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start off with a binary number c bits long, containing all 1’s. test for prime. change the lowest bit to 0. test for prime. change the second lowest bit to 0. test for prime. change the lowest bit back to 1, test for prime. continue changing 1 bit at a time and testing for prime. in the worst case, it will take 2^(c/2) changes to find a prime. for problem 1, this means that you can find a prime of size log_2(k) in k time. for problem 2, this means you can find the largest prime of size log_2(k) in k steps. ]]>

A weaker conjecture that will be as fine for us is this: if we start with an interval of length k^5 and consider the set S of all m-digit or more factors (not necessarily primes) of all the numbers in the intervals; then there will be an m-digit prime factor for a number in S+S.

In other words, we can allow several interations of the operations: “taking sums” and “taking factors”.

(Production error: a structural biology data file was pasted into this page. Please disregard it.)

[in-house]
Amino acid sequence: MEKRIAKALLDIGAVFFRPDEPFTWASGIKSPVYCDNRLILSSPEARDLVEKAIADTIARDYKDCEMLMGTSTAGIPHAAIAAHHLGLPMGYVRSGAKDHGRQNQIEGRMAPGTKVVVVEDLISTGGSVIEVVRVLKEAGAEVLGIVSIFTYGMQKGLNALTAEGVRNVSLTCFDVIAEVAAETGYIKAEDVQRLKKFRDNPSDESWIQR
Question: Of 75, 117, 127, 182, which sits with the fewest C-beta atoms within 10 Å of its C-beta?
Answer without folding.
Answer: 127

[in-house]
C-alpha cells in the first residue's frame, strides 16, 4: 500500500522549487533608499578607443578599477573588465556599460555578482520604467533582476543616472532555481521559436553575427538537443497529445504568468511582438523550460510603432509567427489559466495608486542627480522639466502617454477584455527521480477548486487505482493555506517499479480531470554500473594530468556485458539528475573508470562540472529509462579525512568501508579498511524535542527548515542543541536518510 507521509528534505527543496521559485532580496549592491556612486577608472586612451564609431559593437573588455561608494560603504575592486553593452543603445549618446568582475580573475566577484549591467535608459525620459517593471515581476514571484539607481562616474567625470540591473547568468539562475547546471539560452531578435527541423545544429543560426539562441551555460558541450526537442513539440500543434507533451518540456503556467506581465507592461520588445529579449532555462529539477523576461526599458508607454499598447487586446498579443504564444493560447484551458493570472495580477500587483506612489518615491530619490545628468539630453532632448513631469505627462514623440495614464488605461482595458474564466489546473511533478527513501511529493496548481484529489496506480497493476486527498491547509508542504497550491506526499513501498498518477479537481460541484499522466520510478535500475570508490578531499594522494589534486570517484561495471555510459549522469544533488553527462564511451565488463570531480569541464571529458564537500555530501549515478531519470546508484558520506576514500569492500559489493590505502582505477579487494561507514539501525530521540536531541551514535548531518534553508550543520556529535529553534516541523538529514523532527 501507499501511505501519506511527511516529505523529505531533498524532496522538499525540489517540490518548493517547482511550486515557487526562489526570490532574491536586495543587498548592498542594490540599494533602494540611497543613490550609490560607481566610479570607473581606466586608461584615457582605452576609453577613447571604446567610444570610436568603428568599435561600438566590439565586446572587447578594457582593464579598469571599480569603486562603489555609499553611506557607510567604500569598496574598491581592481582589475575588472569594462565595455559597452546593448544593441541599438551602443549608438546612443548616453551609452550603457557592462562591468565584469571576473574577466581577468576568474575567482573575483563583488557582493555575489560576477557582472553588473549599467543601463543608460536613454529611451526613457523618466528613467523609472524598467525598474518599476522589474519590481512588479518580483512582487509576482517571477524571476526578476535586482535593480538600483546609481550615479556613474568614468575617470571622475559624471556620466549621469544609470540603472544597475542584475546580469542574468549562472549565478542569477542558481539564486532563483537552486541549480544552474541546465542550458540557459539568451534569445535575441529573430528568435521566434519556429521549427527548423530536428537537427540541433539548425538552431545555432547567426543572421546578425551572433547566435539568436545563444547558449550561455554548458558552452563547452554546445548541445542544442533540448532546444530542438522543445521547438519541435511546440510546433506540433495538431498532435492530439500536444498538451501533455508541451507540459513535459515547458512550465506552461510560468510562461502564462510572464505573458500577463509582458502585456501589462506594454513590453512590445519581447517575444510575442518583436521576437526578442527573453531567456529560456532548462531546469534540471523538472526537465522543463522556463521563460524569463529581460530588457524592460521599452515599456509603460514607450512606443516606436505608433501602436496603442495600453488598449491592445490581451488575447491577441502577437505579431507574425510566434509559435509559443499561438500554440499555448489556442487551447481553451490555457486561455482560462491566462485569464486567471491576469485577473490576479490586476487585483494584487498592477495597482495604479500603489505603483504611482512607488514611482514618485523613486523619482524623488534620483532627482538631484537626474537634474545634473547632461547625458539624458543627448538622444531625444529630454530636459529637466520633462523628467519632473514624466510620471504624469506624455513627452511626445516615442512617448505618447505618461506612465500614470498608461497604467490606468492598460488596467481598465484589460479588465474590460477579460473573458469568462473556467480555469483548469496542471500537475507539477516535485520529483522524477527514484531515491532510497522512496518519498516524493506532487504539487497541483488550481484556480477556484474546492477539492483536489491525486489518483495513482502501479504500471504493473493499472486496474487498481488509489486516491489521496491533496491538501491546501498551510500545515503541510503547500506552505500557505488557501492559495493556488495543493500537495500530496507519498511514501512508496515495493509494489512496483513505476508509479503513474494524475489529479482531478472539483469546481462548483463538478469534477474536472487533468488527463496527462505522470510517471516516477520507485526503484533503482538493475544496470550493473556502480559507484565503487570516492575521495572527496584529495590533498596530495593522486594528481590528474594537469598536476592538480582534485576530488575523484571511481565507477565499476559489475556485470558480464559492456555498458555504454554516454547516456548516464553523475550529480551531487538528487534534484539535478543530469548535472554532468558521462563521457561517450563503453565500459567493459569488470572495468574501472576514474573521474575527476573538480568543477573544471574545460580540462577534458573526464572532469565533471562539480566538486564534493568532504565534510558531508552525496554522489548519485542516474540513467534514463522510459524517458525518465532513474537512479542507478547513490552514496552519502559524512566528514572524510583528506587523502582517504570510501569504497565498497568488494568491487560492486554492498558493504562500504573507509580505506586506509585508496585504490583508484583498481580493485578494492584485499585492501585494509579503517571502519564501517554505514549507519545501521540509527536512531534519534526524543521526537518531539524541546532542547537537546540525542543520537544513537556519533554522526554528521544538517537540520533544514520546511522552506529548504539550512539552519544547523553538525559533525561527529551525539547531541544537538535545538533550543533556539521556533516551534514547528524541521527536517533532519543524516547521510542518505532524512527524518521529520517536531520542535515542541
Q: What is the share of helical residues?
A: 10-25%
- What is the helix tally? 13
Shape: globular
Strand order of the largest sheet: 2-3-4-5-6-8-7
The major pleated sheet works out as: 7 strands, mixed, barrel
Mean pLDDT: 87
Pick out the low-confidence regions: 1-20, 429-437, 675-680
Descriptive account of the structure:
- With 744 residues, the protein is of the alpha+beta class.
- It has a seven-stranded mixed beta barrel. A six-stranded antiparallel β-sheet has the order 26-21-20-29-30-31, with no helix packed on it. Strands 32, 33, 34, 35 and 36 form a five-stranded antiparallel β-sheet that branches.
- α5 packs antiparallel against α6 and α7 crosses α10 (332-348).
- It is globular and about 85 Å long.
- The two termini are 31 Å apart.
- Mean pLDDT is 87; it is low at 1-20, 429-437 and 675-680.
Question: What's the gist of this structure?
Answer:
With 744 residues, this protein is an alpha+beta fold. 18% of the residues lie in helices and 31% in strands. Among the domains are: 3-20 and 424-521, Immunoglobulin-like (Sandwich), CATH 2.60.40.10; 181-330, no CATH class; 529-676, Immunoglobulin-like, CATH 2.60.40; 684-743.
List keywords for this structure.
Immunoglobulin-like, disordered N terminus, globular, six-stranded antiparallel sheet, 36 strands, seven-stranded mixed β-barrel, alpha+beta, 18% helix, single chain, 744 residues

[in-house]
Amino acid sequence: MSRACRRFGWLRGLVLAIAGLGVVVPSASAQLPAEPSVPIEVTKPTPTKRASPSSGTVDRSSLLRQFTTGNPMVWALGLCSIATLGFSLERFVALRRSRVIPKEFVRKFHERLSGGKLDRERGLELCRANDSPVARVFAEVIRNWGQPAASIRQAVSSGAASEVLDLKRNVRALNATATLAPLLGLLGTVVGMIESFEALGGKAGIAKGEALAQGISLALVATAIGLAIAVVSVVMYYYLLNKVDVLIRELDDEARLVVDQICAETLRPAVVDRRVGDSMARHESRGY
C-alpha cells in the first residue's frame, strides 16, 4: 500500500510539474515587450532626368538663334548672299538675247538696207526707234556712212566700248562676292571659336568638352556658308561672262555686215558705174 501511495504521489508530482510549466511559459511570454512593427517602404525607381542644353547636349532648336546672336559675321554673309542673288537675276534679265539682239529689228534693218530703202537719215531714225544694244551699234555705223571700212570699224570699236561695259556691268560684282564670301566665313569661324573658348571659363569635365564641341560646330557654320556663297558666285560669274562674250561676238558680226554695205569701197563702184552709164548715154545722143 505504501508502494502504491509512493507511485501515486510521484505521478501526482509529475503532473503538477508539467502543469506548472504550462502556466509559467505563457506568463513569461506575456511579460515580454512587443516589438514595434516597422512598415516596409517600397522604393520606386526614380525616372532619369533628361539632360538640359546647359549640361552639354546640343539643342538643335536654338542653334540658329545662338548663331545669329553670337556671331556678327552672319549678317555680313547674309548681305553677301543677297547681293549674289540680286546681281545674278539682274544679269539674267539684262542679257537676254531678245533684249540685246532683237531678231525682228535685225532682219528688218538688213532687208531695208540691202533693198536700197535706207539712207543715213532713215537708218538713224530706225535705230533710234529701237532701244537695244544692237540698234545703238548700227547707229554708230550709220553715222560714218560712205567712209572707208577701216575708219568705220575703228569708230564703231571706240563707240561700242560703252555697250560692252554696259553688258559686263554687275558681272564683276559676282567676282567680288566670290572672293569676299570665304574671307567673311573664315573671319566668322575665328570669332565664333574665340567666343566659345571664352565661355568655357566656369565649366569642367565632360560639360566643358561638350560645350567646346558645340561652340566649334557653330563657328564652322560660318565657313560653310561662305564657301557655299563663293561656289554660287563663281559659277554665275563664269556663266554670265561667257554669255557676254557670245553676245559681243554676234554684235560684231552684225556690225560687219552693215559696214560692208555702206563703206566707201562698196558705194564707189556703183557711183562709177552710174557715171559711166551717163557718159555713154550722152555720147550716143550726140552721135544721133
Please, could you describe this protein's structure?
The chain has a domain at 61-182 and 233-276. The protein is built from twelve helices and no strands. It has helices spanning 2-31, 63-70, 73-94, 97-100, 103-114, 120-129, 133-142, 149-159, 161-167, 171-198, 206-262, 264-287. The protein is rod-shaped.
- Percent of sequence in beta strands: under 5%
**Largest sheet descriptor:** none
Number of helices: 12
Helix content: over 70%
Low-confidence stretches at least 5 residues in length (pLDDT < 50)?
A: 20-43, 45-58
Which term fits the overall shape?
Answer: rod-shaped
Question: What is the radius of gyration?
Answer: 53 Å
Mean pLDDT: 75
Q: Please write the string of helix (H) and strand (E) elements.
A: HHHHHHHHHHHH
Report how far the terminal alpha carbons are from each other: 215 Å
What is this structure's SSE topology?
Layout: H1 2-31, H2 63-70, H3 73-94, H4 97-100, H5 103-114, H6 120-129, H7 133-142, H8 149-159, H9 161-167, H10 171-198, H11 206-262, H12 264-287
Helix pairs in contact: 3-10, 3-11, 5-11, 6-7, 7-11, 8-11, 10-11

The razor is as bad to this idea as it was for the original one. But if we can somehow find a way around the razor, this extension can be helpful because the sum/product theorems suggest that you can do more if you allow more than one arithmetic operation.

]]>I remembered vagely a proof by Renyi to PNT which used very little about primes and it may be related to Beurling result. I also remember vaguely that even if you take every prime with probability 1/2, conjectures for primes beyond the PNT fails.

My question was in trying to suggest how to save additive NT methods against the razor.

The “Liphshitz” or “no large gaps” condition looks very strong. Even if you delete m primes you create by the Chinese remainder theorem a gap of length m near their product. But our razor which was based on deleting all large primes involved in an interval of length k^3 (say) of k-digits integers amounts to creating unusually large gaps. So there is a (small) hope that some additive number theory methods (or other methods) can exploit somehow a “no gaps” condition or a “no unusually large gaps” condition.

]]>https://polymathprojects.org/2009/08/13/research-thread-iii-determinstic-way-to-find-primes/

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